The New Zealand Herald. “Chinese property investors are rapidly disappearing from the auction room, says the boss of Auckland’s biggest real estate agency. Peter Thompson, of Barfoot & Thompson, blames financial instability in China for the dip in those bidding - partly fuelling the market slowdown. ‘There are a lot less Chinese in the auction room at the moment and at the open homes,’ he said. ‘The market has changed and some of that is the Chinese buyers. There are more requirements in getting money out of China now and that is having an impact.’”

“This week, the Herald on Sunday paid a visit to the Barfoot and Thompson city auctions for central Auckland suburbs. Despite a full room it was clear the frenzied bidding on any and all properties had slowed. A number of houses were passed in with few or no bids.”

“A three bedroom bungalow in Ellerslie sold for more than $1.5 million - almost double it’s CV and evidence character homes in desirable suburbs are still hot property. Dawn Buxton, Barfoot and Thompson agent for the Ballin Rd house, said interest was high and she expected the sale price to be about $1.2m. The reserve price of $1.25m was passed easily with the owners pocketing $311,000 more than they would have accepted. ‘We really didn’t expect it to go as high as it did, the vendors were extremely happy,’ Buxton said.”

Bloomberg on Hong Kong. “Cosmetics retailer Colourmix will move to Hong Kong’s Russell Street, once the world’s most expensive shopping strip, and pay about 40 percent less than the former tenant as China’s economic slowdown rattles the city. Hong Kong’s retail property market has slumped with China facing its slowest growth in a quarter-century. ‘Landlords have to face the reality, no matter how reluctant they are,’ Lawrence Wong, a director at property agent Sheraton Valuers Ltd., said in a telephone interview Saturday. ‘It’s still better than leaving their property empty.’”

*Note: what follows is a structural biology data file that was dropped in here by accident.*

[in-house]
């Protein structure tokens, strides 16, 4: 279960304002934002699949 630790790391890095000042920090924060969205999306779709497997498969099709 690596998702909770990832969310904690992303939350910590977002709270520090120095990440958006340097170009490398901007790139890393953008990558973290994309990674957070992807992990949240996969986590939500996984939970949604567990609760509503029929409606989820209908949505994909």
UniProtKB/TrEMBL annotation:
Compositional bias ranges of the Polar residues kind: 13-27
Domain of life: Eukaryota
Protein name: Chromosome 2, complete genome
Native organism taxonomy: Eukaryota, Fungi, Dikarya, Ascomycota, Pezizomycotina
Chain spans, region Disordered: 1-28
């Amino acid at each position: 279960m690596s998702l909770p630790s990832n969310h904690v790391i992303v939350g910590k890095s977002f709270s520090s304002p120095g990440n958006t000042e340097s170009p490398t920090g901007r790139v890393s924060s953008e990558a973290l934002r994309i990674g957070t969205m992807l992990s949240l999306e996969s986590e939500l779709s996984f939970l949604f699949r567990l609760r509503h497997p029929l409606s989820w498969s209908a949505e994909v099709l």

“Hong Kong’s residential market is also experiencing weaker sentiment. ‘Housing market outlook will likely become more cautious amid increased volatility in the global and Hong Kong’s financial markets,’ the Hong Kong Monetary Authority said in a report. ‘The risk of downward adjustment has picked up steadily.’”

The Associated Press. “Several local officials in eastern China have been detained after a man died in a fire at his home while defending it from a demolition gang, state media reported, underscoring continuing violence in the country’s frequent land disputes. Those suspected of culpability in the death of homeowner Zhang Jimin had been directly responsible for an urban renewal project in Difang township in the Shandong province city of Linyi, the Xinhua News Agency and state broadcaster CCTV said.”

“Zhang was burned to death and his house gutted in Monday’s incident, which followed a prolonged disagreement over terms of compensation for the demolished home. Cellphone footage of the incident circulating widely on the Internet shows what appears to be a group of men throwing stones and gasoline-filled containers into the house, which quickly begins billowing smoke while flames shoot from windows.”

“The use of thugs and strong-arm tactics in housing demolitions is relatively common in China, where local governments are heavily reliant on land sales to top up their coffers. Corrupt officials can pocket generous kickbacks through collusion with real estate developers, giving them even more incentive to force out incalcitrant homeowners.”

“Among those detained were Difang’s Communist Party secretary Wei Yunbo and Guan Yansheng, party secretary of the township’s Donggu community, Xinhua said. The total number of people detained was not immediately clear. An investigation at the city government level was ordered after the video footage and eyewitness reports raised questions about official claims that Zhang had set the fire himself. In a post on its official microblog, the government of Pingyi county, which directly oversees Difang township, had said that Zhang had purchased gasoline and that his death was a matter of ‘his own behavior.’”

Bits Bucket for September 30, 2015